Surge in imports swells number of VW Group cars requiring 'fix'
High volume of UK second-hands meeting targets
The number of Volkswagen Group cars and vans voluntarily recalled for 'fixes' under the so-called 'dieselgate' scandal has soared due to the spiralling volume of imports that need work carried out.
The numbers have surged to 151,186 from an initial estimate of 115,000 or so vehicles believed to be involved one way or another with the saga.
That means the percentage completion rate of all vehicles is now running at 69pc, according to the latest official Volkswagen Group figures obtained by Independent Motors.
They show that, out of the current total of 151,186 (original Irish and imports), Volkswagen passenger cars are running at 71pc completion with Audi at 70pc, SEAT 71pc and Skoda on 68pc.
In the meantime, work on Volkswagen commercial vehicles has a 59pc completion rate so far.
But when imports are taken out of the equation the number of original Irish cars which have had work carried out comes to 83,341, according to the latest figures.
That is 74pc of the total anticipated to need some work carried out under the voluntary recall.
For individual marques it means Volkswagen has a 77pc completion rate at this stage, with Audi on 75pc, SEAT on 75pc, Skoda on 71pc and Volkswagen commercial vehicles at 61pc. However, the percentage drops substantially for imports, which of course are continuing to pour in at a significant rate. So far 67,845 imports have been treated, making for a completion rate of 64pc.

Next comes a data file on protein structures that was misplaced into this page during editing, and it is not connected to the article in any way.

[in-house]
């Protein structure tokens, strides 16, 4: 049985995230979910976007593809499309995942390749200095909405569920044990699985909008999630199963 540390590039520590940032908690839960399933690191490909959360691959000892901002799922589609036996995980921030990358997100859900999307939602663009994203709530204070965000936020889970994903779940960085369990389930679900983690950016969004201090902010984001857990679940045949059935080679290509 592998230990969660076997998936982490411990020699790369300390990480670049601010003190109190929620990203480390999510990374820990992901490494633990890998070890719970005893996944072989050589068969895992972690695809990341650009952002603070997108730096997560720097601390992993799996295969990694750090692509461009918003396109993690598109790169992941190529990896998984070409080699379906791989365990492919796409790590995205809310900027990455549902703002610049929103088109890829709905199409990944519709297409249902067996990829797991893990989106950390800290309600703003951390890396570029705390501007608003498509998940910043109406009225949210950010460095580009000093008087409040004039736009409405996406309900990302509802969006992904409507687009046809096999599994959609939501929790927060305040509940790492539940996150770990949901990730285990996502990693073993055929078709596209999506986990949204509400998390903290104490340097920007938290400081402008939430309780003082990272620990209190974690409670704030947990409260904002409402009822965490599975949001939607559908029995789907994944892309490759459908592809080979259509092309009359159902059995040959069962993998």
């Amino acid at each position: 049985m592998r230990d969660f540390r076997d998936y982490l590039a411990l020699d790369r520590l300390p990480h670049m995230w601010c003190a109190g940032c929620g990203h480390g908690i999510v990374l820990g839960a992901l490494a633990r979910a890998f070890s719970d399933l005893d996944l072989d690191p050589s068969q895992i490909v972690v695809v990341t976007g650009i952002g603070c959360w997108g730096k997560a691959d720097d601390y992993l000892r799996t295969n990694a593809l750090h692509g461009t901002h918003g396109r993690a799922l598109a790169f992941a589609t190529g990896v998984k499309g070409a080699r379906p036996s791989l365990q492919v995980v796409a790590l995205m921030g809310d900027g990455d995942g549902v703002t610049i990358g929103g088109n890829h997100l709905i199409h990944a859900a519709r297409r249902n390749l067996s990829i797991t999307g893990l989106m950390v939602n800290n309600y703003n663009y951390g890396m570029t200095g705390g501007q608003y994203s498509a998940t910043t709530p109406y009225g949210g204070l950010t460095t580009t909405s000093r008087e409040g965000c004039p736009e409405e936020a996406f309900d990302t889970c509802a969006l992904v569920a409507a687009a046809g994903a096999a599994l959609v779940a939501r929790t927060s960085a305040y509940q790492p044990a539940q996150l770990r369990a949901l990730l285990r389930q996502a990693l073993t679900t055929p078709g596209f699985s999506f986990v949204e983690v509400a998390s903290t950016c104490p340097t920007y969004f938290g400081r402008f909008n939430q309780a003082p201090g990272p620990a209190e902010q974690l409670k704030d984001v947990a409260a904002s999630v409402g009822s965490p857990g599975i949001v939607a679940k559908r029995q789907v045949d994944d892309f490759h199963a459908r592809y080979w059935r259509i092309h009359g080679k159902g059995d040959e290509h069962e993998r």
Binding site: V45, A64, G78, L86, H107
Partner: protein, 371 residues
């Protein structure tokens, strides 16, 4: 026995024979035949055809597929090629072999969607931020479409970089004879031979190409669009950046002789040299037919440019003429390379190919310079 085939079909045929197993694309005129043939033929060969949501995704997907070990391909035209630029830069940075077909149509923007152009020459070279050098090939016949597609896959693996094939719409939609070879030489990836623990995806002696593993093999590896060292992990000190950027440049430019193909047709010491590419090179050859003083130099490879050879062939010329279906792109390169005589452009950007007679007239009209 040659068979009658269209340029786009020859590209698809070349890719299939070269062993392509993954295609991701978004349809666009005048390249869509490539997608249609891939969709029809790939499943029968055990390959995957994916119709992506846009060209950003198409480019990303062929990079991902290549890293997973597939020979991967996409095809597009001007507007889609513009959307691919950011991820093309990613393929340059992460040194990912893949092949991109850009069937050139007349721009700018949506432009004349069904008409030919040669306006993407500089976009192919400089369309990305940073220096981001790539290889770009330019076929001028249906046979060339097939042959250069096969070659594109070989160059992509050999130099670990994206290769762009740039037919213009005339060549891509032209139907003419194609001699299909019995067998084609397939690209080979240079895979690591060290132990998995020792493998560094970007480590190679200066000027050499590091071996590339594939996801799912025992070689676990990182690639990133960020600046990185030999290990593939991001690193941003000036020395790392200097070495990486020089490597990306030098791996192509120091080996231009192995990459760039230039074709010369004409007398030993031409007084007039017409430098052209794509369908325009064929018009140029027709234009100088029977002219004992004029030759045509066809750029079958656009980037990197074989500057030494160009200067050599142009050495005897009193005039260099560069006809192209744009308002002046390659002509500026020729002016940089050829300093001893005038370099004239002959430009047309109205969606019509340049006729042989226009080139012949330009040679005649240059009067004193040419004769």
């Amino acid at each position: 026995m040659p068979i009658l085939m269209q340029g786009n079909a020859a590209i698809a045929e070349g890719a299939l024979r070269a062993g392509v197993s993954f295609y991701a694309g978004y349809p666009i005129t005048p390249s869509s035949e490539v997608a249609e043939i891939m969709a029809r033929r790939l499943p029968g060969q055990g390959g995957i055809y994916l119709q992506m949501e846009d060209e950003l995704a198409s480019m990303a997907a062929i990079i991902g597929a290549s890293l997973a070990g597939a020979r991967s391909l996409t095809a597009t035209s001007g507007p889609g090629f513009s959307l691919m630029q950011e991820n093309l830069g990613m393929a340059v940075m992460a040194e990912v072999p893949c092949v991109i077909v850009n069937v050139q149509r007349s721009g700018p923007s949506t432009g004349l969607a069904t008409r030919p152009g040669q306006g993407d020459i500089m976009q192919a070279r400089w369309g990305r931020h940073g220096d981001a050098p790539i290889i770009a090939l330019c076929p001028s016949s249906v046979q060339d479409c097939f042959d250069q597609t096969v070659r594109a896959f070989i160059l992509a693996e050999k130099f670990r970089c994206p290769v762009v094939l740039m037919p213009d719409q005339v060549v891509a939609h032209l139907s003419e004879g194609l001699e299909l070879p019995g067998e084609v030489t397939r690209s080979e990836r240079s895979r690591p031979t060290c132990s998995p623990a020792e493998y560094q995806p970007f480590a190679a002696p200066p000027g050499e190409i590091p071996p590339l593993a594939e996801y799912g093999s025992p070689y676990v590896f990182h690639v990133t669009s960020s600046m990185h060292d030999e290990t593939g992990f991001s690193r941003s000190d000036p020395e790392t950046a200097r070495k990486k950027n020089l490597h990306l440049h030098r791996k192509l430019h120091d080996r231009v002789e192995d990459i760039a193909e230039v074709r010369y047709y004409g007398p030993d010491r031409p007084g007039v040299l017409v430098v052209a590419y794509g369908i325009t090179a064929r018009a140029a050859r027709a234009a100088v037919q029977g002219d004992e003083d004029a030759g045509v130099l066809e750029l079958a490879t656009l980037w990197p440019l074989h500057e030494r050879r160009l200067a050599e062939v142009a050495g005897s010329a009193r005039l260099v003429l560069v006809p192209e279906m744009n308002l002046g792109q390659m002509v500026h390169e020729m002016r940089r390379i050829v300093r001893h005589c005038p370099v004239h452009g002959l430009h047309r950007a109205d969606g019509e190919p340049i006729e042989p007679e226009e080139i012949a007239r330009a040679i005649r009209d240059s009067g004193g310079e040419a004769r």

They comprise Volkswagen cars 64pc, Audi 66pc, SEAT 58pc and Skoda 56pc, with VW commercial vehicles on 49pc.
As you can see, there are four marques (Audi, VW, SEAT and Skoda) and three diesel engines involved in the exercise.
The 2-litre TDis engines require a software update.
Work on those is estimated to take around half an hour or so.
Work on the 1.2-litre TDi engines also takes in or around 30 minutes.
However, those vehicles with 1.6-litre TDI engines involve both software and hardware upgrades.
As a result, they take an hour or so to be sorted out.
The hardware involves fitting a new flow transformer to help better regulate how fuel and air are burned in the engine.
But as the new figures show, the level of imports is having a serious knock-on effect.
It is estimated that initial estimates for Audi, for example, have nearly doubled over the period of the recall.
Ultimately, it means that the full completion date remains something of a moving target, given that the number of imports for this year is expected to hit the 100,000 mark.
The Volkswagen emissions scandal began in September 2015, when the United States Environmental Protection Agency (EPA) found the company intentionally programmed diesel engines to activate their emissions controls only during laboratory emissions testing.